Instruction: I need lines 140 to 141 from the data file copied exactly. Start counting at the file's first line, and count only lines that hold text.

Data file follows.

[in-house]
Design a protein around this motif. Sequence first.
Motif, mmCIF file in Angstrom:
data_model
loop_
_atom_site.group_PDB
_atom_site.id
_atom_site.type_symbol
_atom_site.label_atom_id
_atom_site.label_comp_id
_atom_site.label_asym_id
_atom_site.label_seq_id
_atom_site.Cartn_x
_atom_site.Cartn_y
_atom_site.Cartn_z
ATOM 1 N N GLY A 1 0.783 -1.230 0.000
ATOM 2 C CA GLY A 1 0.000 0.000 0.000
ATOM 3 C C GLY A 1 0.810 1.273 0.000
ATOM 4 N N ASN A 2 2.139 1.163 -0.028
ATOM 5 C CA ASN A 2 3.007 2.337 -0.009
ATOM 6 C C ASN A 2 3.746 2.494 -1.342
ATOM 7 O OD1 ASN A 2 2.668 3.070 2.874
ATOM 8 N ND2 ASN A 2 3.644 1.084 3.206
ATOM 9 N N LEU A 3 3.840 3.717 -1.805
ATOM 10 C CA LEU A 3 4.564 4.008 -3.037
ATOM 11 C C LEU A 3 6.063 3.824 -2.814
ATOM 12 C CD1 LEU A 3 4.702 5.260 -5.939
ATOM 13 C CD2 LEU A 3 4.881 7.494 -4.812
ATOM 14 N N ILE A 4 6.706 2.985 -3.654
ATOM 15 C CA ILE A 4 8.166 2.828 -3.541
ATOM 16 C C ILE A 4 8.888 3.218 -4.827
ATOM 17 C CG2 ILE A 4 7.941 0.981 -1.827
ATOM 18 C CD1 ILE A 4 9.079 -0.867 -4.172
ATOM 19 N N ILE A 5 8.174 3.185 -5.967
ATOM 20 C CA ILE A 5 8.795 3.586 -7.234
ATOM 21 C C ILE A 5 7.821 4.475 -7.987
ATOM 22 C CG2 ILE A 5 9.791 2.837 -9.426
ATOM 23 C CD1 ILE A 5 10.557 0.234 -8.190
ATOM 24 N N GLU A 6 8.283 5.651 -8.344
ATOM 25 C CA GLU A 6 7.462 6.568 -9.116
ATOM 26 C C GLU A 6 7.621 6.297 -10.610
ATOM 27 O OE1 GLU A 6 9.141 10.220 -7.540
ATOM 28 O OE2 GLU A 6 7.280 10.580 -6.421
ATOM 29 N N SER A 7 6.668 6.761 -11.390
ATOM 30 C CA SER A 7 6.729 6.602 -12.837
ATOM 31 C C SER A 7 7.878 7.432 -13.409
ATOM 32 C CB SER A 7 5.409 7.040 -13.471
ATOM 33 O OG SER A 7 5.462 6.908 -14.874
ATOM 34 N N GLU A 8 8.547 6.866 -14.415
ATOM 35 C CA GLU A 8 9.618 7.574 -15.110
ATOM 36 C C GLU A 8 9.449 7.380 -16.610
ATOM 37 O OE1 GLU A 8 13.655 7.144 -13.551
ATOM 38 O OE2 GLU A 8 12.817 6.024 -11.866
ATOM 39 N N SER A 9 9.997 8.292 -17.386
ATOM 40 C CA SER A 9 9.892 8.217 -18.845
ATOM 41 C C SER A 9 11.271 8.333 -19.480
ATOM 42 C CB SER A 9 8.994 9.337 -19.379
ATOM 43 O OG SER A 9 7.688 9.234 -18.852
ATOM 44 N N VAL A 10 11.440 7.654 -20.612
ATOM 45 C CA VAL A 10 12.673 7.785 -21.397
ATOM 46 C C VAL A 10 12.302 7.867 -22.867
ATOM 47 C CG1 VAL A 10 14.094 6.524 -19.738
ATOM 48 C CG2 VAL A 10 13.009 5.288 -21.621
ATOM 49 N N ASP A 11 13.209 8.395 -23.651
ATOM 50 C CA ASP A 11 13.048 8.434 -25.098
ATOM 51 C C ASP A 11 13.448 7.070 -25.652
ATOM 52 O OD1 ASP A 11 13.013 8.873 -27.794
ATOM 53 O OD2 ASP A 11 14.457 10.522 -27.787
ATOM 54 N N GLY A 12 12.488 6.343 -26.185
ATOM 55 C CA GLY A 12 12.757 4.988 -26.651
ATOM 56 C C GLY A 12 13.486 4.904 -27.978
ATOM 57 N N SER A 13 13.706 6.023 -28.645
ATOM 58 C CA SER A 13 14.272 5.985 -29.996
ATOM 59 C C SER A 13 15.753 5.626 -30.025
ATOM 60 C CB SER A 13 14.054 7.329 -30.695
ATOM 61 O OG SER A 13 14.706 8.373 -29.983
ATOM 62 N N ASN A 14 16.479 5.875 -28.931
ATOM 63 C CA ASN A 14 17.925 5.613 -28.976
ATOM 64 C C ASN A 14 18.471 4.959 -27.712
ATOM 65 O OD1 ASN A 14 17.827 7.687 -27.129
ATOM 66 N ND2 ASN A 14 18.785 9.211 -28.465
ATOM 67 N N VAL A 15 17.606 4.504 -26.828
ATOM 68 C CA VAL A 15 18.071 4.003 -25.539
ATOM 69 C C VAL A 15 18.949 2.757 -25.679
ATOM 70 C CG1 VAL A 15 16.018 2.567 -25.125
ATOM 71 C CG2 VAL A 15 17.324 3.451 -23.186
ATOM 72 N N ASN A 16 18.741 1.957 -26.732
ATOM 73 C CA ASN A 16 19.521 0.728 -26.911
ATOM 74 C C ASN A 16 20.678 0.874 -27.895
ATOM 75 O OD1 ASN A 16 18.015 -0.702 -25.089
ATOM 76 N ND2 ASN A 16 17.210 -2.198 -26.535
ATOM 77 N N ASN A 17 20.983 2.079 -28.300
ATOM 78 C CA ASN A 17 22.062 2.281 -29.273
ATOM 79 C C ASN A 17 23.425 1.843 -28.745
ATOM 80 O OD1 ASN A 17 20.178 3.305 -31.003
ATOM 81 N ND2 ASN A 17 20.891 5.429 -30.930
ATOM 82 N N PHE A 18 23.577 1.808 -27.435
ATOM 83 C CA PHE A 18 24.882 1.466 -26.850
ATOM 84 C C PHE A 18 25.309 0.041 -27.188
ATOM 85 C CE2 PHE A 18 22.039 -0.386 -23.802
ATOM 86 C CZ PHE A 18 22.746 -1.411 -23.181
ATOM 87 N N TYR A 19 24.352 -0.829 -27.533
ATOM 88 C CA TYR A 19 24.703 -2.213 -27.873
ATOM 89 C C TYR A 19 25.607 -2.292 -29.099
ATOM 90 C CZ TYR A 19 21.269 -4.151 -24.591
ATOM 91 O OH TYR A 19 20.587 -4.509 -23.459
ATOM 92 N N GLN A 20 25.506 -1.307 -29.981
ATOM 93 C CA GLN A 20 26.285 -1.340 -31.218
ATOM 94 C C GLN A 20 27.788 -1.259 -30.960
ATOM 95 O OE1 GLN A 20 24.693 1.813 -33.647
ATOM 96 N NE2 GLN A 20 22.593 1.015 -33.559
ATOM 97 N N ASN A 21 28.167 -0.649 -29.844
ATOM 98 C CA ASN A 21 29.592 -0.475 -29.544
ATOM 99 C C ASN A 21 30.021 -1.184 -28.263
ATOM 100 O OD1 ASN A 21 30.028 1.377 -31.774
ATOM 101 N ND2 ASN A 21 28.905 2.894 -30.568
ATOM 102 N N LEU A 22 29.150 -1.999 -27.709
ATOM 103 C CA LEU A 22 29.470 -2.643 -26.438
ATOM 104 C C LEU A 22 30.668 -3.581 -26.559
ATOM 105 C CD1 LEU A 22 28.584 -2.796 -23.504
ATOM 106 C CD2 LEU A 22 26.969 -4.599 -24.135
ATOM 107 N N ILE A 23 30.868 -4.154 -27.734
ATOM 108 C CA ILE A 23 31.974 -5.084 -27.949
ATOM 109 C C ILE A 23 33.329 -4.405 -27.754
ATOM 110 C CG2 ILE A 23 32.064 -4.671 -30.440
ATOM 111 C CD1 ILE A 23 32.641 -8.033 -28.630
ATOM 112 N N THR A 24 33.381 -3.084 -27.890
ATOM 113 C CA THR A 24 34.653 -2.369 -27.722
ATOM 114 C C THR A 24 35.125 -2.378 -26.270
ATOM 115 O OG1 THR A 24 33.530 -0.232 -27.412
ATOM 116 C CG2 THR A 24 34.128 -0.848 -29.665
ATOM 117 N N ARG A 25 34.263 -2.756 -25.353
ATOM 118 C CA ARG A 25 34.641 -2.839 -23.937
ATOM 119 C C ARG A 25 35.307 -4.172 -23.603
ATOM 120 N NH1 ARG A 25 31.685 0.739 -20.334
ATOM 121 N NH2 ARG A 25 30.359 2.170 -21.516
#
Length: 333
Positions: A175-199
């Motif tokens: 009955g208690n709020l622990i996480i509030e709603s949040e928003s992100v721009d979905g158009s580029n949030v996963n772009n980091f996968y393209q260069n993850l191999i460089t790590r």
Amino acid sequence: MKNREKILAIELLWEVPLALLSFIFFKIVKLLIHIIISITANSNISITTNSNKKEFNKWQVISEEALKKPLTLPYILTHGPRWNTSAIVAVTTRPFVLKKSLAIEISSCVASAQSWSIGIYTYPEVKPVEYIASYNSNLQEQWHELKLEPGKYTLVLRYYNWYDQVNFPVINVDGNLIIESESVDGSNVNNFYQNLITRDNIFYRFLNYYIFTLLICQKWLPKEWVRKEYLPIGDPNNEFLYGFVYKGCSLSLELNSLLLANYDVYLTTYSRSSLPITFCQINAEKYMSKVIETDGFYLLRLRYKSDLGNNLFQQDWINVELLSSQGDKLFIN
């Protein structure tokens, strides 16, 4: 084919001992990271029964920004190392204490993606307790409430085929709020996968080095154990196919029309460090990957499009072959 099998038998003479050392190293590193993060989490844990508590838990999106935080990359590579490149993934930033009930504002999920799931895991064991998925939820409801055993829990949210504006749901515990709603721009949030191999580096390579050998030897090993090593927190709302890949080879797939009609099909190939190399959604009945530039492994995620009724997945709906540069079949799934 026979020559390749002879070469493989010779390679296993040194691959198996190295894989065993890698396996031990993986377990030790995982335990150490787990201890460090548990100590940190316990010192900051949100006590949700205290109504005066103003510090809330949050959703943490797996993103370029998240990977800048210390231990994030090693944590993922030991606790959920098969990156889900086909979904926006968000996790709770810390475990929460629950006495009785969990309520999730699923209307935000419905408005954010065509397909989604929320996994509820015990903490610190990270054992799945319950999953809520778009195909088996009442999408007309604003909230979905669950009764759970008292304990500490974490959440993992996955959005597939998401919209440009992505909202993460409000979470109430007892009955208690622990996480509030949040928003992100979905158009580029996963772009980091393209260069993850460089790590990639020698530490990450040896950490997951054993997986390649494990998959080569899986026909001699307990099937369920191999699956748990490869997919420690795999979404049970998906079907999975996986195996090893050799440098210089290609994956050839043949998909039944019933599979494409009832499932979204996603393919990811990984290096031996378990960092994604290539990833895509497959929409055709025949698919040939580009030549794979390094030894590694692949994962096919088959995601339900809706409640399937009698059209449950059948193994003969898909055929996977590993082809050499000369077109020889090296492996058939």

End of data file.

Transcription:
């Motif tokens: 009955g208690n709020l622990i996480i509030e709603s949040e928003s992100v721009d979905g158009s580029n949030v996963n772009n980091f996968y393209q260069n993850l191999i460089t790590r």
Amino acid sequence: MKNREKILAIELLWEVPLALLSFIFFKIVKLLIHIIISITANSNISITTNSNKKEFNKWQVISEEALKKPLTLPYILTHGPRWNTSAIVAVTTRPFVLKKSLAIEISSCVASAQSWSIGIYTYPEVKPVEYIASYNSNLQEQWHELKLEPGKYTLVLRYYNWYDQVNFPVINVDGNLIIESESVDGSNVNNFYQNLITRDNIFYRFLNYYIFTLLICQKWLPKEWVRKEYLPIGDPNNEFLYGFVYKGCSLSLELNSLLLANYDVYLTTYSRSSLPITFCQINAEKYMSKVIETDGFYLLRLRYKSDLGNNLFQQDWINVELLSSQGDKLFIN